In This Update:
- Q of the Month: Does Social Security Count as Earned Income?
- Key Focus: Roth IRAs vs. Roth Company Plans
- Ruling to Remember: Taking a Short-Term Loan From Your IRA is Risky
Question of the Month: Does Social Security Count as Earned Income?
Q: I am 64 years old and am receiving my Social Security check every month. How much, if any, can
I still contribute to my Roth IRA? For 2010?
A: Social Security does not count as earned income. In order to contribute to a Roth IRA, you must have earned income equal to or exceeding the contribution amount. Compensation would include: wages, salaries, commissions, professional fees, bonuses, and the like. If you are filing a joint return, the phase out limits for contributions to Roth IRAs begin at $169,000 and completely phase out at $179,000. For single filers, it is $107,000 - $122,000. In any case, it is too late to make a contribution for 2010. The last day to do that was April 18, 2011, even if your return is on extension.
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Court Ruling: The 401(k) Beneficiary Form Trumped!
401(k) Beneficiary Form is Trumped by Remarriage; Disinheriting Children
- The Plan Beneficiary Form was Trumped
- Facts of the Case
- The Arguments
- From Section 6.13 of the Cajun Industries, LLC 401(k) Plan
- The Court's Decision
- Preventing Clients from Making Plan Beneficiary Mistakes
- Schwab v. Chandler January 20, 2010
- Spousal Rights under ERISA do NOT Apply to IRAs
- Update Beneficiary Forms
- Proactively Monitor and Plan for Changes in Clients' Lives
- Advisor Action Plan
Guest IRA Expert
California Retirement Advisors
El Segundo/Manhattan Beach, CA
What Advisors Need to Know About IRAs Payable to Trusts
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June Key Focus
Roth IRAs vs. Roth Company Plans
When most people think about Roth accounts, they think about
the rules relating to Roth IRAs. There are some key
differences, though, between Roth IRAs and the Roth accounts
through a 401(k), 403(b), or 457(b) plan.
Difference #1: Access to Your Funds
Regardless of the type of plan account (i.e. regular 401(k),
Roth 401(k)) you may have, when money is held within an
employer plan, access to the funds is often limited.
Sometimes, the limitation is due to the Tax Code and IRS
Regulations that apply universally to all plans, but quite often,
a plan's own rules can place further limitations on when you
can access your own funds.
Roth IRAs, on the other hand, have no such legal restrictions.
While a Roth IRA investment may place some restrictions on
you (i.e. a penalty for withdrawing your money before a
certain date), the Roth IRA rules allow for Roth IRA money to
be accessed at any time. This is a big benefit, particularly if
you are young. Remember, regardless of how old you are or
how long you've had a Roth IRA, Roth IRA contributions may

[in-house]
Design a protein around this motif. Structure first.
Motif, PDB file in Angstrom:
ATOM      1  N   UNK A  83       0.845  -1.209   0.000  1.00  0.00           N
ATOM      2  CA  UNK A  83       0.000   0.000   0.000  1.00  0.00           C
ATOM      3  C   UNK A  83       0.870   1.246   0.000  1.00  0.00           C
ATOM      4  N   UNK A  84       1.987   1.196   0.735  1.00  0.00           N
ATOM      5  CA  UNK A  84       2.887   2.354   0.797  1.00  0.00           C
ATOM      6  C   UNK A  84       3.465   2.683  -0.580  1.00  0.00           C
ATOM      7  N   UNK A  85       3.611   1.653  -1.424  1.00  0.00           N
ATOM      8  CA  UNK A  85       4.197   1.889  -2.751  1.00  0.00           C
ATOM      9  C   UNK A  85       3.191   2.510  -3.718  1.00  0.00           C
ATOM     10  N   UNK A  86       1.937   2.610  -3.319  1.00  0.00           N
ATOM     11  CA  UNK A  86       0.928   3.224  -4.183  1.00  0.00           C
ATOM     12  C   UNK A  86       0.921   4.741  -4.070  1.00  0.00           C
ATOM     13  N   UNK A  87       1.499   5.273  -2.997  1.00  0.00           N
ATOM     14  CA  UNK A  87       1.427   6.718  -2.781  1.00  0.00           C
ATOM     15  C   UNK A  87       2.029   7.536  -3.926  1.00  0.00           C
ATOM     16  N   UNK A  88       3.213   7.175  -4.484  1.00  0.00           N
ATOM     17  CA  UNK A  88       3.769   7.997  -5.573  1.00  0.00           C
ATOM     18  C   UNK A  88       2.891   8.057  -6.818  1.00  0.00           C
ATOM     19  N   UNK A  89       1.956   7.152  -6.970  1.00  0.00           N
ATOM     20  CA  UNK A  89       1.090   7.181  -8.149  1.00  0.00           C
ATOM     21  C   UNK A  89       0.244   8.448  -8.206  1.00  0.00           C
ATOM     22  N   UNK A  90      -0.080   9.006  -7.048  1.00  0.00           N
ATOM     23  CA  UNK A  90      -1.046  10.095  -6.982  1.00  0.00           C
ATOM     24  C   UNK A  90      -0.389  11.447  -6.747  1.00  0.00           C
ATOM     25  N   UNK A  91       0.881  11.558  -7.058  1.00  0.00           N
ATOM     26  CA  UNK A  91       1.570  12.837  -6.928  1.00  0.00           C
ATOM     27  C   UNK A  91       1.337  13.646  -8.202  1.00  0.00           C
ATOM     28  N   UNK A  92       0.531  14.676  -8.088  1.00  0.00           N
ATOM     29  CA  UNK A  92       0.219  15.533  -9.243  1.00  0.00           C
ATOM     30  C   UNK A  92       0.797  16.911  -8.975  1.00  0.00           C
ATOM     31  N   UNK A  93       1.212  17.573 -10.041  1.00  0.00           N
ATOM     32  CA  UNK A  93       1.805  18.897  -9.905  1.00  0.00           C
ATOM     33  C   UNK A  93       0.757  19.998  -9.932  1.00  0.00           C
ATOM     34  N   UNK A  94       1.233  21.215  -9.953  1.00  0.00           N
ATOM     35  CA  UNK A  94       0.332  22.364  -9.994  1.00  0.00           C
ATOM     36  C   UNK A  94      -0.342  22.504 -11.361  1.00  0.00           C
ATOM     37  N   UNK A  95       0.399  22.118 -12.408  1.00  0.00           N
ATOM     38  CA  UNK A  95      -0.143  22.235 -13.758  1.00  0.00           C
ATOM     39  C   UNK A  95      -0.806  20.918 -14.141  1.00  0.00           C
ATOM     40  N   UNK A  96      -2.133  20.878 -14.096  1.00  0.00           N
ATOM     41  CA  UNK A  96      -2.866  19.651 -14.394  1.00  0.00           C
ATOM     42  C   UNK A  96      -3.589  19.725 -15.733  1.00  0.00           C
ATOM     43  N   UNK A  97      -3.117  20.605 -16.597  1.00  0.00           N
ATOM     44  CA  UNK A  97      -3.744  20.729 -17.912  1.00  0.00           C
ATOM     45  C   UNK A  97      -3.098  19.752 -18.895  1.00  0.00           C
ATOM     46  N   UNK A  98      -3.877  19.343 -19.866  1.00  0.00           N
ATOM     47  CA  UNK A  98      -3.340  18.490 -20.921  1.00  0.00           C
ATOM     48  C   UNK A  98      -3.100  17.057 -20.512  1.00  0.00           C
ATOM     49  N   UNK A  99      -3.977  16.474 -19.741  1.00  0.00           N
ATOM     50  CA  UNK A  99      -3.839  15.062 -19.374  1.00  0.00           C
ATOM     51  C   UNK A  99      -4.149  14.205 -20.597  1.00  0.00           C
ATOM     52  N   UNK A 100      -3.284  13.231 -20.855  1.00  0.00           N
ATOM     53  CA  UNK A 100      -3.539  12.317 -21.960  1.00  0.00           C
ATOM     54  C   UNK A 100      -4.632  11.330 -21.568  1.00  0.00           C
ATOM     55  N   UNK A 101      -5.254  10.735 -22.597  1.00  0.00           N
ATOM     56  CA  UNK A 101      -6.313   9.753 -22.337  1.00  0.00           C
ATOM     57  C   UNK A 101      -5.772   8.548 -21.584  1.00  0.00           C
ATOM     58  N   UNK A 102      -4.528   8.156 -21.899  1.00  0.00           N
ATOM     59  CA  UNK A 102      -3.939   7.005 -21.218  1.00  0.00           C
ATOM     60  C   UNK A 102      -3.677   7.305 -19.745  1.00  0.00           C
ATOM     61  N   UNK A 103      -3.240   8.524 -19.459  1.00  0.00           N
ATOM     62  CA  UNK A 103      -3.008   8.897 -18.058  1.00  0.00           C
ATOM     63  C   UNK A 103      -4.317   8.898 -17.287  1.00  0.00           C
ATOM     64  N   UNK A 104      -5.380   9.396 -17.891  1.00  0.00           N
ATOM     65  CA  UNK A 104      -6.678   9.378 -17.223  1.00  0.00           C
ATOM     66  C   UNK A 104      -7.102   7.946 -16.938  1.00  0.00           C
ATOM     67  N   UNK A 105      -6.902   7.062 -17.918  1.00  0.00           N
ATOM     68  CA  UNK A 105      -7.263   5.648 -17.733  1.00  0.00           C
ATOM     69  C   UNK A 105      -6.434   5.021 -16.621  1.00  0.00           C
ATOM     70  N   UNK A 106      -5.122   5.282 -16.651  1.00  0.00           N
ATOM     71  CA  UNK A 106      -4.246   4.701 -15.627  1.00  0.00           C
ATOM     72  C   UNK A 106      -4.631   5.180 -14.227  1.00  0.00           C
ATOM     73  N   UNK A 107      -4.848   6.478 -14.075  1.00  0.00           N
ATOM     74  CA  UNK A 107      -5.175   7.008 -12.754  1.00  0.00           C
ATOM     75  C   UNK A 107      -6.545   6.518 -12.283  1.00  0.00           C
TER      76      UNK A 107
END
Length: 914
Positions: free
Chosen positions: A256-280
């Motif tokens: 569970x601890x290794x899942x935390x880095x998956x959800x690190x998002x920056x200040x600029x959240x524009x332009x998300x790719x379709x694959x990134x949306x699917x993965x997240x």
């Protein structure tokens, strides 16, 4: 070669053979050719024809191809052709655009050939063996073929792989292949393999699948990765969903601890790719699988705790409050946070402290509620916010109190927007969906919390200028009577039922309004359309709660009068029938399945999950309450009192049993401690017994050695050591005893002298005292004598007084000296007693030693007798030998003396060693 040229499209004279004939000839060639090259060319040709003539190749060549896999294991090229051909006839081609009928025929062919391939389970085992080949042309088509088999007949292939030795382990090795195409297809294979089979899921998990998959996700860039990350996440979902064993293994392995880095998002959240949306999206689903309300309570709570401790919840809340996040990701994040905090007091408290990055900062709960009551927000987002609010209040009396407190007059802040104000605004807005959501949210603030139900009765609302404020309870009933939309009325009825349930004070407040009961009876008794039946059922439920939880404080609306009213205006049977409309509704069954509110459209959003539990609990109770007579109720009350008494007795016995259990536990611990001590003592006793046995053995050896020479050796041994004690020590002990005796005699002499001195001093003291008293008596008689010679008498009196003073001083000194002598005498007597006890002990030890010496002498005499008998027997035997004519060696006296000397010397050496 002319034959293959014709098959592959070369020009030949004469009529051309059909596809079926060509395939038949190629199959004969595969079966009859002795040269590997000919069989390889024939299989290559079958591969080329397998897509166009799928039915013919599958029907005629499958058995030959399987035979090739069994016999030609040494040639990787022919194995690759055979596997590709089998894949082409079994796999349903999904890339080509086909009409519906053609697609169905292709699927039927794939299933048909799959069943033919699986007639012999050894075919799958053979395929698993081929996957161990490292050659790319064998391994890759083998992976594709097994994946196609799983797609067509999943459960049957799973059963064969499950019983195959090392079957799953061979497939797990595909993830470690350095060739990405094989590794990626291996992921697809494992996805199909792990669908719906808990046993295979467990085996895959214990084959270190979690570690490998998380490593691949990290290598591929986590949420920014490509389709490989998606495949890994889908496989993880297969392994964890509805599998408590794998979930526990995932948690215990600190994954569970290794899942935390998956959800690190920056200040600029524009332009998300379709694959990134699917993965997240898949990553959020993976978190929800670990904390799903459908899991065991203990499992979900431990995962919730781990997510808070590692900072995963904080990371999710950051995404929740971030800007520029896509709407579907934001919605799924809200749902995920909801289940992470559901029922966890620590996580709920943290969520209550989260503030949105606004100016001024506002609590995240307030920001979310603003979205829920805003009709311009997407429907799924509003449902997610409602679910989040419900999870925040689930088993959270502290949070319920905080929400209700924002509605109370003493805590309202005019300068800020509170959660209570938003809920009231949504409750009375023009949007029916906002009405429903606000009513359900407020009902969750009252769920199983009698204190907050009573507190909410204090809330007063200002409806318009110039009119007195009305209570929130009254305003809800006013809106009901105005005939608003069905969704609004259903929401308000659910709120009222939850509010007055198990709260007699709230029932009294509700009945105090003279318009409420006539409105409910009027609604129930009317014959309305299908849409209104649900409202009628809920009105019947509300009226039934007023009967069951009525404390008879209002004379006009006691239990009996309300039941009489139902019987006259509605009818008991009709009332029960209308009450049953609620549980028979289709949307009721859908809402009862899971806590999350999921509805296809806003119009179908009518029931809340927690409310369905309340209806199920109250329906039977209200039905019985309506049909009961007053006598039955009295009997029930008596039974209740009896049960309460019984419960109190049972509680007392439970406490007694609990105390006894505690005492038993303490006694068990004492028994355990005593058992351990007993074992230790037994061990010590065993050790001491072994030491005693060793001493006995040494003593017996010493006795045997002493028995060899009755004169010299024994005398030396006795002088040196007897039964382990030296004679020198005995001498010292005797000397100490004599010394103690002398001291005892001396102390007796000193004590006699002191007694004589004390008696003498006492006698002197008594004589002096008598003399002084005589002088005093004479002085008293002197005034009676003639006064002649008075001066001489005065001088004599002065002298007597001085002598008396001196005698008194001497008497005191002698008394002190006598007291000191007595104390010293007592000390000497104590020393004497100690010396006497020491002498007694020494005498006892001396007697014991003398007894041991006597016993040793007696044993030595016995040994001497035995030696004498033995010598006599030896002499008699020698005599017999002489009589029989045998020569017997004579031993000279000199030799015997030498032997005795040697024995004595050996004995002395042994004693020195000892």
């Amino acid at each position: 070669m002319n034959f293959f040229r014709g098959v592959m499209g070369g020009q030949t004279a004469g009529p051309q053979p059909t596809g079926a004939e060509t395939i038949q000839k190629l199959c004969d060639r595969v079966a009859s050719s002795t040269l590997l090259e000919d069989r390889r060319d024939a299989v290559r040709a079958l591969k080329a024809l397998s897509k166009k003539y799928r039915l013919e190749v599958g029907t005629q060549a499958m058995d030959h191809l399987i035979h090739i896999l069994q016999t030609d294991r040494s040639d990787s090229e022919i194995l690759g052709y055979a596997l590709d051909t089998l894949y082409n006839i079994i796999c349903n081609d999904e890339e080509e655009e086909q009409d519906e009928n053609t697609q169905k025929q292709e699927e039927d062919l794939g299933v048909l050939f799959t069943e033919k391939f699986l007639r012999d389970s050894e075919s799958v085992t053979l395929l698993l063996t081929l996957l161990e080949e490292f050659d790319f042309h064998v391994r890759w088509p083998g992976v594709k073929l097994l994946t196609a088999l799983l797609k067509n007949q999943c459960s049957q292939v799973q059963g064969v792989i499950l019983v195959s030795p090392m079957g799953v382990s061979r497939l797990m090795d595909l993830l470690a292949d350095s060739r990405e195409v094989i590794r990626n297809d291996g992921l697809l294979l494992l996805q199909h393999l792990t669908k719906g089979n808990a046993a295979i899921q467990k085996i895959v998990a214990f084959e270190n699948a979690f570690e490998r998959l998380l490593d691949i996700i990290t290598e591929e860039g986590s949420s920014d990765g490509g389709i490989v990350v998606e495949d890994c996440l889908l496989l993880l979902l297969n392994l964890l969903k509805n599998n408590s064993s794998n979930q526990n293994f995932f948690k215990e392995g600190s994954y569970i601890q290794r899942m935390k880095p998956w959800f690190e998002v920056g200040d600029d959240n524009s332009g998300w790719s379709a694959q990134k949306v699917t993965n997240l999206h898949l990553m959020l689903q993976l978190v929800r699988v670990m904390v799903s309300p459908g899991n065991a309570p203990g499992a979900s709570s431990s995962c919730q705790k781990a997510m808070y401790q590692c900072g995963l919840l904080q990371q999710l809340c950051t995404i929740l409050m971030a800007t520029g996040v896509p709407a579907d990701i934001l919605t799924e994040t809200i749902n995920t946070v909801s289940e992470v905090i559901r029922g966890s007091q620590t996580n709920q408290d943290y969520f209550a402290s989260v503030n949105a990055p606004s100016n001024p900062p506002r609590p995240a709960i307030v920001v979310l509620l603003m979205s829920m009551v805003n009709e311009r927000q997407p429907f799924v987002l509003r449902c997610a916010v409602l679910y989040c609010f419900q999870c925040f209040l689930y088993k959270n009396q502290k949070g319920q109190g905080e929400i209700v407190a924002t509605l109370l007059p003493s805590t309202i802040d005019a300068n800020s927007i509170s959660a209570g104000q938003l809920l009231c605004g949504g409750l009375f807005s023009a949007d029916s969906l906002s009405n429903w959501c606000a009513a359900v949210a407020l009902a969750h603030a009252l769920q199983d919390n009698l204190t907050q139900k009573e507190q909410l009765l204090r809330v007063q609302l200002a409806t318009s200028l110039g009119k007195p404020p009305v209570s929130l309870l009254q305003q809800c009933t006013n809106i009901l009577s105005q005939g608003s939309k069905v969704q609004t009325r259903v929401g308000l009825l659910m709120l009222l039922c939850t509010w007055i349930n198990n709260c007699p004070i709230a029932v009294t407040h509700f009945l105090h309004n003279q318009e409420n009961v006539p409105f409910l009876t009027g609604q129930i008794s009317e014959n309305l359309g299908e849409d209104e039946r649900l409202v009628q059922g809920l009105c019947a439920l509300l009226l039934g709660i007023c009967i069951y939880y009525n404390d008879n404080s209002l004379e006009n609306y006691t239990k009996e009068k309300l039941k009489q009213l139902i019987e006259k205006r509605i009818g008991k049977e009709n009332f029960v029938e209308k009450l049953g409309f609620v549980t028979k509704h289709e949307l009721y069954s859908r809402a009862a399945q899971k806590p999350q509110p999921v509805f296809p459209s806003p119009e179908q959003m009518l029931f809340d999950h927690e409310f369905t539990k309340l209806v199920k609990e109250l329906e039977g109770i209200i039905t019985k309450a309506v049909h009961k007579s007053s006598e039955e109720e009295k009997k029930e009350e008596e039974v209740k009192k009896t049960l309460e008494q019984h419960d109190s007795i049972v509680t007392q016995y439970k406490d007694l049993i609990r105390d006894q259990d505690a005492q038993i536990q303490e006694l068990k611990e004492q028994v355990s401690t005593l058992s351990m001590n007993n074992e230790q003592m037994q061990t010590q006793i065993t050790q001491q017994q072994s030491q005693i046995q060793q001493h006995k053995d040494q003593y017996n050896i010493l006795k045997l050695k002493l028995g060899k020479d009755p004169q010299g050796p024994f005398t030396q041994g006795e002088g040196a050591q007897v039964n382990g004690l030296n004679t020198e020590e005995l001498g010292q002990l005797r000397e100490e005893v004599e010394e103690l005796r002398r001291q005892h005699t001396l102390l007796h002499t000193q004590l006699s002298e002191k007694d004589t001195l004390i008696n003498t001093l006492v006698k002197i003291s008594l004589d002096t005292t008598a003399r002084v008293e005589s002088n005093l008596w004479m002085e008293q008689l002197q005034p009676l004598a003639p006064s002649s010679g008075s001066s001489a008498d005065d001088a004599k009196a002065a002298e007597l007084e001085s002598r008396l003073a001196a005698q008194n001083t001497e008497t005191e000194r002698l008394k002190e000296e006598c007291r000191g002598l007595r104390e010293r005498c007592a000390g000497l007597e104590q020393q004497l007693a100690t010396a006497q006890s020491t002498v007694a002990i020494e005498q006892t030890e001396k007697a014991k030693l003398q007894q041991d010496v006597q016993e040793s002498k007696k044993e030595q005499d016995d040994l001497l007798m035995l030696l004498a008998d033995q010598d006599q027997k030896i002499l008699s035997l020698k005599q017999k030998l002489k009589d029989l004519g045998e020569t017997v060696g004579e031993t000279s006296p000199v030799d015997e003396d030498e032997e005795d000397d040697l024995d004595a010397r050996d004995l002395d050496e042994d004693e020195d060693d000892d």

be distributed at any time tax and penalty free.
Difference #2: Required Minimum Distributions (RMDs)
A Roth 401(k) or any other designated Roth account is subject
to plan rules. As such, at age 70 1/2 you must begin taking
distributions from those accounts, just as you would from
traditional 401(k) accounts. If you are over age 70 1/2, still
working and own less than 5% of the company you are
working for, then you may be able to delay RMDs from the
plan of the company you are working for until the year you
retire. If you plan to use your Roth 401(k) money to
supplement your retirement income, the RMDs may not seem
like that big of a deal, but if your goal is to leave the account
alone to maximize its value down the road, the RMDs will
significantly hinder that effort.
Roth IRAs have no RMDs during the Roth IRA owner's
lifetime. You can leave the account alone to continue to grow
tax free for as long as you would like. The extra growth can
help provide greater tax-free distributions later in life or can be
used to provide a tax-free legacy for future generations. Keep
in mind, however, that beneficiaries of Roth IRAs are subject
to RMDs, but those distributions are generally tax free.
Ruling to Remember
Private Letter Ruling 201118025
A taxpayer we will call "Jerry" received a distribution from his IRA, using
it as part of a plan to allow his ailing mother to move residences with the
intention of rolling it back into his IRA within the allowable 60-day
period. After pulling together funds which included "Jerry's" IRA
distribution, the mother would purchase a new residence in cash, enter into
reverse-mortgage financing and receive a lump-sum cash payment which
she would use to repay "Jerry" and the rest of his siblings.
So, "Jerry" received the distribution, and seven days later, it was applied
to the purchase of his mother's new residence. On that same date, the bank
began processing the reverse mortgage. "Jerry" asserted that the bank
promised him the entire process would be completed within a time frame
which would have allowed him to meet the 60-day period for rolling the
money back in this IRA. However, numerous delays resulted in this process
taking longer than the prescribed time frame. "Jerry" did eventually
redeposit the money back into this IRA, but not until after the 60-day
period. He blamed the bank and filed a Private Letter Ruling.
The IRS disagreed.
It asserted that "Jerry" made a short-term loan when he withdrew money
from his IRA, and while he intended on redepositing the funds into his IRA
prior the expiration of the 60-day rollover period, he assumed the risk if the
process took longer than expected (which it did). His request was denied.
LESSON TO LEARN:
No matter what the reason is, if you use your IRA distribution as a shortterm,
interest-free loan and cannot pay it back within the 60-day rollover
period, IRS will NOT grant an extension of time for you to complete the
rollover. You will end up with a taxable distribution.
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